Based on the novel by Cornelia Funke, Inkheart is the fantastic tale of reality gone fictional as fantasy leaps off the pages, forcing a father and his daughter into a big, page-turning adventure.
Brendan Fraser and Eliza Bennett star as Mo and Meggie, two book fanatics with a strange ability: they can bring fictional characters to life. The problem is that when a character is brought out of a book, a person must take their place in the story, and years ago Mo lost his wife inside a book called Inkheart when he inadvertently let three characters loose from its pages.
When Mo rediscovers the book again, he attempts to rescue his wife from the book, but instead gets caught up in a scheme by one of Inkheart’s minor villain’s, the dastardly Capricorn, played by Andy Serkis. Taking Meggie hostage, Capricorn forces Mo to help him, and promptly burns the book so he can never be sent back within its pages.
With a little help from an old friend though, and his silver tongue, Mo might have an idea how he can set things right.
Directed by Iain Softley, who brought K-Pax to the screen in 2001, Inkheart is an entertaining film, but certainly one that could have tried a bit harder. For the most part, the problem seems to be that Softley and the studio wanted to make a simple children’s story, but it feels like that is actually a huge disservice to the source material.
Having never read the book, I can’t speak for its virtues, but the concept feels like there was a lot more to explore, and this film simply does nothing with that vivid imagination. The special effects are respectable enough, but that is about the only thing I can praise.
Even the acting by Fraser and some of the key cast feels half-hearted. Bennett and co-star Paul Bettany as Dustfinger are the only actors who really seem to find something within this script and bring it to life.
Families with younger children may want to check out Inkheart for the cute animals and the adventurous storyline, but it sadly takes patience for anyone looking for more.
The Pink Panther 2
From the director of Agent Cody Banks, Agent Cody Banks 2, and One Night at McCool’s comes the sequel that should never have been made.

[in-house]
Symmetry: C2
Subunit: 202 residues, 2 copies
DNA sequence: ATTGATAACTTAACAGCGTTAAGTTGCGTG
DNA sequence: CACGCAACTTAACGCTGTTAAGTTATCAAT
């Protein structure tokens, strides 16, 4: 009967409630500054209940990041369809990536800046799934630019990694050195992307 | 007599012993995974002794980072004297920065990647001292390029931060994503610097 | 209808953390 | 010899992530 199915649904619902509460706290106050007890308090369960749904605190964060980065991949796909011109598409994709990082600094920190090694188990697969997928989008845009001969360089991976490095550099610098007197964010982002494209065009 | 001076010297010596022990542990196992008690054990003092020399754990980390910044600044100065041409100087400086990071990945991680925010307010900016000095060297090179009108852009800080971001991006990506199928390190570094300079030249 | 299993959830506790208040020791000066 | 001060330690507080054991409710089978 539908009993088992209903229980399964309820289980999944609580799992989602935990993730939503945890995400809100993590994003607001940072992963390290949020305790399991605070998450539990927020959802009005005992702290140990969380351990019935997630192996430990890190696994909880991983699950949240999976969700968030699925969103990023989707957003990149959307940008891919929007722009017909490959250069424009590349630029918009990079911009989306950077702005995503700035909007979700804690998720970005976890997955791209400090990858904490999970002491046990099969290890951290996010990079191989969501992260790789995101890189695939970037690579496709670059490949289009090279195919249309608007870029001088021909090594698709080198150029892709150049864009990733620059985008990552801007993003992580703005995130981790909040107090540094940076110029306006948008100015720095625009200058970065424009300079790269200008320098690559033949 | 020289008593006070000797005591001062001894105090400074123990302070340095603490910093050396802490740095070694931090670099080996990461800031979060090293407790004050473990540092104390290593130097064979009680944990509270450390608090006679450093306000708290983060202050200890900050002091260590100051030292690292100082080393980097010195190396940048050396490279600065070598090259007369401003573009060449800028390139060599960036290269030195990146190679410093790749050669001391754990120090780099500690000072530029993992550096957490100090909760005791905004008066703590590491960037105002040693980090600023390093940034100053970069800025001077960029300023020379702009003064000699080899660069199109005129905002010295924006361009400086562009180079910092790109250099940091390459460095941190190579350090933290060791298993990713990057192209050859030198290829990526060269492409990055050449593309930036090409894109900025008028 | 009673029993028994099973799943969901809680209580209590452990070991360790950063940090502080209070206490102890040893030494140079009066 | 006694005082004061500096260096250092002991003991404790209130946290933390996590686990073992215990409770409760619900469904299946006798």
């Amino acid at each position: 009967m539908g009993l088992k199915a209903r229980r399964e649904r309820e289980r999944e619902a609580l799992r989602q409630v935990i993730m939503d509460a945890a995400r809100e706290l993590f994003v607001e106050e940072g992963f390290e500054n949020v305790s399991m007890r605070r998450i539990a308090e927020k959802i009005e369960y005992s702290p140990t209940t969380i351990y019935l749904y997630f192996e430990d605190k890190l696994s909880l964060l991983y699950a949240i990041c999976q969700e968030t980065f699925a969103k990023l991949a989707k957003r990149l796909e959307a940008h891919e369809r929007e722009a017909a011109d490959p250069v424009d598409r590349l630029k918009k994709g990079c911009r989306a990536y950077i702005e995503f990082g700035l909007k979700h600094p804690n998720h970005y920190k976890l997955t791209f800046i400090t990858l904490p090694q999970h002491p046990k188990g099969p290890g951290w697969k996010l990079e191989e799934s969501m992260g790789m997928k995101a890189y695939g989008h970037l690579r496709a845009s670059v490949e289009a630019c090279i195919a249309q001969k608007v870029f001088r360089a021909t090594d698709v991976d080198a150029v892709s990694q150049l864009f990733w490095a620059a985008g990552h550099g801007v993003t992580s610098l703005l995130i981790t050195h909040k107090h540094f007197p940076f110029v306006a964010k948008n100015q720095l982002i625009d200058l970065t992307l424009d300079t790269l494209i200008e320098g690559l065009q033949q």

Steve Martin stars, once again, as the ever-bumbling Inspector Clouseau, who is sent away on a “vacation” in France just as the Pink Panther diamond is stolen for a second time. Leading a team of equally inept experts, Clouseau must track down the master criminal before he makes off with more treasures.
Although Martin is an unmistakable comedic talent, even when he’s slumming it in films like this, it seems like he has really reached a new low. Even in some of his worst film choices, like Cheaper by the Dozen, there was a feeling that Martin still had a lot of great work ahead of him.
After Cheaper by the Dozen 2 and the first Pink Panther, it’s getting a bit hard to believe he’s not stuck in a smoking, burning wreck of a career crash.
Katey Rich of Cinema Blend sums it up best when she called Pink Panther 2 a “dull and obvious comedy that either squanders the talent of its cast or leaves them to founder within the scrambled and episodic screenplay.”
Confessions Of A Shopaholic
Ill-advised or not, shopping fanatics may find a glimmer of voyeuristic joy in director P.J. Hogan’s ode to the art of consumerism.
The film stars Isla Fischer as an obsessed shopper named Rebecca who has a dream; she wants to work for an upscale fashion magazine. The question is, how can she make it happen?
Finding work as a, get this, financial advice columnist, she tries to move into her dream job. But what about all that pesky debt?
Playing the current climate to great effect, Confessions Of A Shopaholic may be entertaining for some, but the reviews are nothing short of awful. Rotten Tomatoes has the film at just 23% fresh, and a mere 9% by the top critics, with most reviewers pointing out that, for a comedy, the film is not very funny.
Also coming out this week on DVD…
Waltz With Bashir
Nominated for an Academy Award for Best Foreign Language Film, Waltz With Bashir is an animated documentary that looks back at the 1982 Lebanon War through the eyes of a young soldier. Directed by Ari Folman, the film is told through his perspective as he remembers a horrific night during the battles.
Lastly, the abysmally reviewed Crossing Over weaves stories of people fighting to remain in the United States as they cross paths with the stringent immigration laws. Harrison Ford stars as an officer in charge of enforcing the law, who realizes he has more than a few problems with how some people are mistreated.
Rick Groen of the Globe and Mail was just one of many critics who dismissed the film. “All we get is a mess of good liberal intentions loosely anchored to a mass of pure Hollywood hokum,” Groen wrote.
“The film is so choppy, especially in the final going, it appears that entire reels have been cut,” Peter Howell wrote for the Toronto Star.